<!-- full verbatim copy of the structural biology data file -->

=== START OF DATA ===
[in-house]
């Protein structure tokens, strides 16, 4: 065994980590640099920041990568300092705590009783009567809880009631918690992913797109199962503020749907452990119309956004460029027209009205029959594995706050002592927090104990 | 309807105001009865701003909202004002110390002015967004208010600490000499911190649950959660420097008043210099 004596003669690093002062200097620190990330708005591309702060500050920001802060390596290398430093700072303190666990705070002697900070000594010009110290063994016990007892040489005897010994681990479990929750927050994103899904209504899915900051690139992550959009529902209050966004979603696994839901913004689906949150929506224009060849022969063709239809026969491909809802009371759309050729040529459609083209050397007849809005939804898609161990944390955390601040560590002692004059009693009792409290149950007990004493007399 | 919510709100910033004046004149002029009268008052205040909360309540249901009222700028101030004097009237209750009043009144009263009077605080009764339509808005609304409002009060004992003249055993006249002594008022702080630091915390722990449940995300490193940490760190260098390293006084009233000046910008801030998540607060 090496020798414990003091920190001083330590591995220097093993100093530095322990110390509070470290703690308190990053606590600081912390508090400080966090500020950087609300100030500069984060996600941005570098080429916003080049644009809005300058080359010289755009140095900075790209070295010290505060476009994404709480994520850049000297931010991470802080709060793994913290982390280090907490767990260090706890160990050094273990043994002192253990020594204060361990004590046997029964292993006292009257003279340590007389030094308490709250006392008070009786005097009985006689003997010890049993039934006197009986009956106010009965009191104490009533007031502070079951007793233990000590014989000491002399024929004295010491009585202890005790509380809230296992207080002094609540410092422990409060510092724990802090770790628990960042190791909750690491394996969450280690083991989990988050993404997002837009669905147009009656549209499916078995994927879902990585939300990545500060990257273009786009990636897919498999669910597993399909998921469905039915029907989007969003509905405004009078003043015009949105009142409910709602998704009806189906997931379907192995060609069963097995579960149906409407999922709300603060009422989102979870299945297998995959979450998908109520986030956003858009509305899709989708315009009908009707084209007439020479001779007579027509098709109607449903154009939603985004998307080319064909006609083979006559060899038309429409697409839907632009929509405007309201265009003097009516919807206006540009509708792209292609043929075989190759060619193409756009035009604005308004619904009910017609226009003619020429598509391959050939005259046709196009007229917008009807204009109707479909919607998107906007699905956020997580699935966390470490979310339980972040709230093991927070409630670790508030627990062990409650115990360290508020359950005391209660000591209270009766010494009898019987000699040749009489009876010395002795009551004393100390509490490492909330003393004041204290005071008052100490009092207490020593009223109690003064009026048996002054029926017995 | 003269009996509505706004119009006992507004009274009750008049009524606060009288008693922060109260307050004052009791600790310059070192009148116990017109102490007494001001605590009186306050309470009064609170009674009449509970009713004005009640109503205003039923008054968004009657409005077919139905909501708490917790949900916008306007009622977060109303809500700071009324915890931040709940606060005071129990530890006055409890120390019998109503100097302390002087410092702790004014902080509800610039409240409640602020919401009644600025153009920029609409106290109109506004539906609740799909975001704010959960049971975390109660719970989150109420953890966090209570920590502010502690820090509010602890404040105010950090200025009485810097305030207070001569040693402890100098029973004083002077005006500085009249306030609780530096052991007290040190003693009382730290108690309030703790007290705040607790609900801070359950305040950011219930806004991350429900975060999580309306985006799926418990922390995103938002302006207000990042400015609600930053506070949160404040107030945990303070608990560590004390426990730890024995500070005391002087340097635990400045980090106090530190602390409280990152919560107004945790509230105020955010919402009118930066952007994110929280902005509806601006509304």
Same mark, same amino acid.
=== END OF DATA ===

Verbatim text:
[in-house]
């Protein structure tokens, strides 16, 4: 065994980590640099920041990568300092705590009783009567809880009631918690992913797109199962503020749907452990119309956004460029027209009205029959594995706050002592927090104990 | 309807105001009865701003909202004002110390002015967004208010600490000499911190649950959660420097008043210099 004596003669690093002062200097620190990330708005591309702060500050920001802060390596290398430093700072303190666990705070002697900070000594010009110290063994016990007892040489005897010994681990479990929750927050994103899904209504899915900051690139992550959009529902209050966004979603696994839901913004689906949150929506224009060849022969063709239809026969491909809802009371759309050729040529459609083209050397007849809005939804898609161990944390955390601040560590002692004059009693009792409290149950007990004493007399 | 919510709100910033004046004149002029009268008052205040909360309540249901009222700028101030004097009237209750009043009144009263009077605080009764339509808005609304409002009060004992003249055993006249002594008022702080630091915390722990449940995300490193940490760190260098390293006084009233000046910008801030998540607060 090496020798414990003091920190001083330590591995220097093993100093530095322990110390509070470290703690308190990053606590600081912390508090400080966090500020950087609300100030500069984060996600941005570098080429916003080049644009809005300058080359010289755009140095900075790209070295010290505060476009994404709480994520850049000297931010991470802080709060793994913290982390280090907490767990260090706890160990050094273990043994002192253990020594204060361990004590046997029964292993006292009257003279340590007389030094308490709250006392008070009786005097009985006689003997010890049993039934006197009986009956106010009965009191104490009533007031502070079951007793233990000590014989000491002399024929004295010491009585202890005790509380809230296992207080002094609540410092422990409060510092724990802090770790628990960042190791909750690491394996969450280690083991989990988050993404997002837009669905147009009656549209499916078995994927879902990585939300990545500060990257273009786009990636897919498999669910597993399909998921469905039915029907989007969003509905405004009078003043015009949105009142409910709602998704009806189906997931379907192995060609069963097995579960149906409407999922709300603060009422989102979870299945297998995959979450998908109520986030956003858009509305899709989708315009009908009707084209007439020479001779007579027509098709109607449903154009939603985004998307080319064909006609083979006559060899038309429409697409839907632009929509405007309201265009003097009516919807206006540009509708792209292609043929075989190759060619193409756009035009604005308004619904009910017609226009003619020429598509391959050939005259046709196009007229917008009807204009109707479909919607998107906007699905956020997580699935966390470490979310339980972040709230093991927070409630670790508030627990062990409650115990360290508020359950005391209660000591209270009766010494009898019987000699040749009489009876010395002795009551004393100390509490490492909330003393004041204290005071008052100490009092207490020593009223109690003064009026048996002054029926017995 | 003269009996509505706004119009006992507004009274009750008049009524606060009288008693922060109260307050004052009791600790310059070192009148116990017109102490007494001001605590009186306050309470009064609170009674009449509970009713004005009640109503205003039923008054968004009657409005077919139905909501708490917790949900916008306007009622977060109303809500700071009324915890931040709940606060005071129990530890006055409890120390019998109503100097302390002087410092702790004014902080509800610039409240409640602020919401009644600025153009920029609409106290109109506004539906609740799909975001704010959960049971975390109660719970989150109420953890966090209570920590502010502690820090509010602890404040105010950090200025009485810097305030207070001569040693402890100098029973004083002077005006500085009249306030609780530096052991007290040190003693009382730290108690309030703790007290705040607790609900801070359950305040950011219930806004991350429900975060999580309306985006799926418990922390995103938002302006207000990042400015609600930053506070949160404040107030945990303070608990560590004390426990730890024995500070005391002087340097635990400045980090106090530190602390409280990152919560107004945790509230105020955010919402009118930066952007994110929280902005509806601006509304």
Same mark, same amino acid.